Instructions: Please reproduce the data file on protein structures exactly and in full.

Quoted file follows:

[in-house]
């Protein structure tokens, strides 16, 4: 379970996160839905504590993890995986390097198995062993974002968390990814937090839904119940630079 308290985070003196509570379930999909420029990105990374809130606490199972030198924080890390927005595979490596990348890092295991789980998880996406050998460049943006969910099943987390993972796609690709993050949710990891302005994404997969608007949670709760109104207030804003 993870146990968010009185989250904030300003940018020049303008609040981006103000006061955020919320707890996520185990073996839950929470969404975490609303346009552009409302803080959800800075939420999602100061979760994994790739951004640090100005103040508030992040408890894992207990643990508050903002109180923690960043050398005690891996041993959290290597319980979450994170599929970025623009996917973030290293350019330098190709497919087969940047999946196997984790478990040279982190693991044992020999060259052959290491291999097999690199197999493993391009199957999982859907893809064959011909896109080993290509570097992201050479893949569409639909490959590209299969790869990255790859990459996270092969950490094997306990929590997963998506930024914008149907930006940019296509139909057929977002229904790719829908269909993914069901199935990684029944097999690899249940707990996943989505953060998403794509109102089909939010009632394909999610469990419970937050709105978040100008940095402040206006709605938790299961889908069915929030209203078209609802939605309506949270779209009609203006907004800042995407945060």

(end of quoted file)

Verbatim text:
[in-house]
């Protein structure tokens, strides 16, 4: 379970996160839905504590993890995986390097198995062993974002968390990814937090839904119940630079 308290985070003196509570379930999909420029990105990374809130606490199972030198924080890390927005595979490596990348890092295991789980998880996406050998460049943006969910099943987390993972796609690709993050949710990891302005994404997969608007949670709760109104207030804003 993870146990968010009185989250904030300003940018020049303008609040981006103000006061955020919320707890996520185990073996839950929470969404975490609303346009552009409302803080959800800075939420999602100061979760994994790739951004640090100005103040508030992040408890894992207990643990508050903002109180923690960043050398005690891996041993959290290597319980979450994170599929970025623009996917973030290293350019330098190709497919087969940047999946196997984790478990040279982190693991044992020999060259052959290491291999097999690199197999493993391009199957999982859907893809064959011909896109080993290509570097992201050479893949569409639909490959590209299969790869990255790859990459996270092969950490094997306990929590997963998506930024914008149907930006940019296509139909057929977002229904790719829908269909993914069901199935990684029944097999690899249940707990996943989505953060998403794509109102089909939010009632394909999610469990419970937050709105978040100008940095402040206006709605938790299961889908069915929030209203078209609802939605309506949270779209009609203006907004800042995407945060």